A little over a year ago, I was participating in Exponent Philanthropy’s Weekly Funder Discussions on Zoom, talking about the role philanthropy could play during the coffee and blankets stage of the pandemic. From my peers, I learned about being flexible in grant terms, the importance of listening well, and the need for open communications with grantees. This led to the Longview Foundation doing more things differently than at any other time in our history.
As we get back to our new normal, it’s clear the pandemic has taken a toll on those most vulnerable. I’m curious what this new recovery stage means for our philanthropic communities. Longview is spread across 50 states and partners with state departments of education, school districts, nonprofits and universities, all working toward equipping the next generation with the knowledge and skills necessary to thrive in our shared global future.
Federal relief from the American Rescue Plan
The educators I talk to are both exhausted and invigorated. Yes, financial assistance from the government is making a difference, but administrators are weary. The American Rescue Plan (ARP) Act, signed into law in March, included $122 billion for the ARP Elementary and Secondary School Emergency Relief (ARP ESSER) Fund. This is an unprecedented influx of financial support to education across states and districts, but big decisions must be made quickly.
Over the summer, public school districts submitted plans on how they’d spend relief dollars to the state. States then had to submit their own plans to the U.S. Department of Education. Some of my peers had no idea these decisions were being made. They asked, with so much money coming into our school systems, does education still need us? I’d argue they need us now more than ever.
How to help locally
School districts are encouraged to get community input as this money is spent over the next three years. With the right partnerships, these funds could transform education systems for years to come.
Here are a few ways small, place-based funders can help local school systems use federal relief dollars in smart and strategic ways:
- Strategic planning: In most communities, districts need strategic planning support around leveraging recovery dollars. Small philanthropies that have established relationships with school systems can offer expertise, or the money to find it. There needs to be a balance for building capacity while also addressing immediate needs.
- Out of school learning: Are you funding an amazing summer or afterschool program? Let your district know about the impact it’s had, and if it has the capacity to grow. You can learn more about summer learning and enrichment here.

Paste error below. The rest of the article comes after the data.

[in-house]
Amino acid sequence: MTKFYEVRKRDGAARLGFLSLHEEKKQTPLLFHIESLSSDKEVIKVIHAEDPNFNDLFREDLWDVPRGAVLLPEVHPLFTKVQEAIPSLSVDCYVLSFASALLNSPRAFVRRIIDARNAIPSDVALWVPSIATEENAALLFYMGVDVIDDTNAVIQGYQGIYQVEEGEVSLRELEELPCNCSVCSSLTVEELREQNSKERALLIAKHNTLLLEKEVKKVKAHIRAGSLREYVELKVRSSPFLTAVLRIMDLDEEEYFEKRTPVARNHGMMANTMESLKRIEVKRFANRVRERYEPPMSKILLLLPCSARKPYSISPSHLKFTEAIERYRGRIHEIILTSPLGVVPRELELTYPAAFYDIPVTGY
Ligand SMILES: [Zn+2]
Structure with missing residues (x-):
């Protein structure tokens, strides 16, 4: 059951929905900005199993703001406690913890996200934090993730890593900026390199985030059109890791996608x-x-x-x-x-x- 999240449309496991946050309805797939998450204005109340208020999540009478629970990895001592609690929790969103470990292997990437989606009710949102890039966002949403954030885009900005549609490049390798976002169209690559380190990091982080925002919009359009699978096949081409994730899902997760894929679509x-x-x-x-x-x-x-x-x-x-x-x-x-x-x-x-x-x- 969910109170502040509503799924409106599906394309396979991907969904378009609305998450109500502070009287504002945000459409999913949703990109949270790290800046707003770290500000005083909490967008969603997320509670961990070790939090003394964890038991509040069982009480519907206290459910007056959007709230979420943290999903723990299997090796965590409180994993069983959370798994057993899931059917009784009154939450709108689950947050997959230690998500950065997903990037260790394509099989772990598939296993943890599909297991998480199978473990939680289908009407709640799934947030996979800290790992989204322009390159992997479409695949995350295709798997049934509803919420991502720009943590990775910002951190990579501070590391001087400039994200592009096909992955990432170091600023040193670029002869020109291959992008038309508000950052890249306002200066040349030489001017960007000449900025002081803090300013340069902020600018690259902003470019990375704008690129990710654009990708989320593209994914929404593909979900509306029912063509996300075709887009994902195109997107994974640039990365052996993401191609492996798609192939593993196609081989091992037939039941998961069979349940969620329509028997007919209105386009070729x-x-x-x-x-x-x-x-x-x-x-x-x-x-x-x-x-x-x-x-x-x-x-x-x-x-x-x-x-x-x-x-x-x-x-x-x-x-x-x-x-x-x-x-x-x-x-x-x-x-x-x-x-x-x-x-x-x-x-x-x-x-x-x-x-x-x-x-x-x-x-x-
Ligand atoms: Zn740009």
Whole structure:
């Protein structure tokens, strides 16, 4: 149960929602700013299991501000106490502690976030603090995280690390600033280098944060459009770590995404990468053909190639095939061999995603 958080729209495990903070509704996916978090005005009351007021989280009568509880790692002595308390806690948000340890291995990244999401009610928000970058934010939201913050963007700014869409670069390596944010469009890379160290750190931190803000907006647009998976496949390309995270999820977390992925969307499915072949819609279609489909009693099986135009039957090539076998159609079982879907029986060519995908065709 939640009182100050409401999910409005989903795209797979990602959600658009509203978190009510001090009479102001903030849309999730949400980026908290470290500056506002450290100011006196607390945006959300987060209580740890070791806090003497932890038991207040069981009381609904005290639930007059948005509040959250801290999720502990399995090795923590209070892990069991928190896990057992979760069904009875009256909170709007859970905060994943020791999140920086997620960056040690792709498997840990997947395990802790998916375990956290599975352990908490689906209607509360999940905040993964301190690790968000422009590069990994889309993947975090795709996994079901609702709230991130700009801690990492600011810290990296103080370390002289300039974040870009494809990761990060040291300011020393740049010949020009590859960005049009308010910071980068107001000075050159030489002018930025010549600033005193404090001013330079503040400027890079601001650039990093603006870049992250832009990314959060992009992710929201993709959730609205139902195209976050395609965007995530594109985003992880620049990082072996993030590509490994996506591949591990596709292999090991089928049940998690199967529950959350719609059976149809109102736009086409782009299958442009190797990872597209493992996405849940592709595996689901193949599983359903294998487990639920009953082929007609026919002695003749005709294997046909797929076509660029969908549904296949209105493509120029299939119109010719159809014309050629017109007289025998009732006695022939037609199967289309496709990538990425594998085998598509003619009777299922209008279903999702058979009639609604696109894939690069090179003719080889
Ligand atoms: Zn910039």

- Educator pipeline: Urban and rural communities’ alike struggle with attracting and retaining educators. See the Association of Teacher Colleges and Universities recommendations for using stimulus funds to address this challenge.
- Social and emotional learning, along with mental health and safety: This is a regular theme in my conversations with colleagues, trustees and grantee partners. Even if you haven’t supported K-12 education, philanthropies with grantees in the mental health space might consider doing so now.
- Supporting families with returning to in person school: Students have been back in buildings for a month or longer now. Even though we are back to school, there are still health risks for educators and students. It is important to partner with districts to effectively communicate the importance of in person learning and to support the safety precautions needed to keep students and educators safe while balancing understanding and responding to parental concerns.
Keep in mind
As always, relationships matter. The depth of your relationship with your local school system may impact how open officials are to your suggestions. Similarly, the Education Counsel says it’s important to identify options, not just one way. And move where you have experience.
There’s still much uncertainty around this stage of relief. I look forward to continuing to learn from you about how you’re continuing to support and serve the education systems in your communities. Our collective contributions around promising practice are amplified when we all learn from each other as we move through this phase of supporting education in this pandemic.
Jennifer Manise is executive director at the Longview Foundation.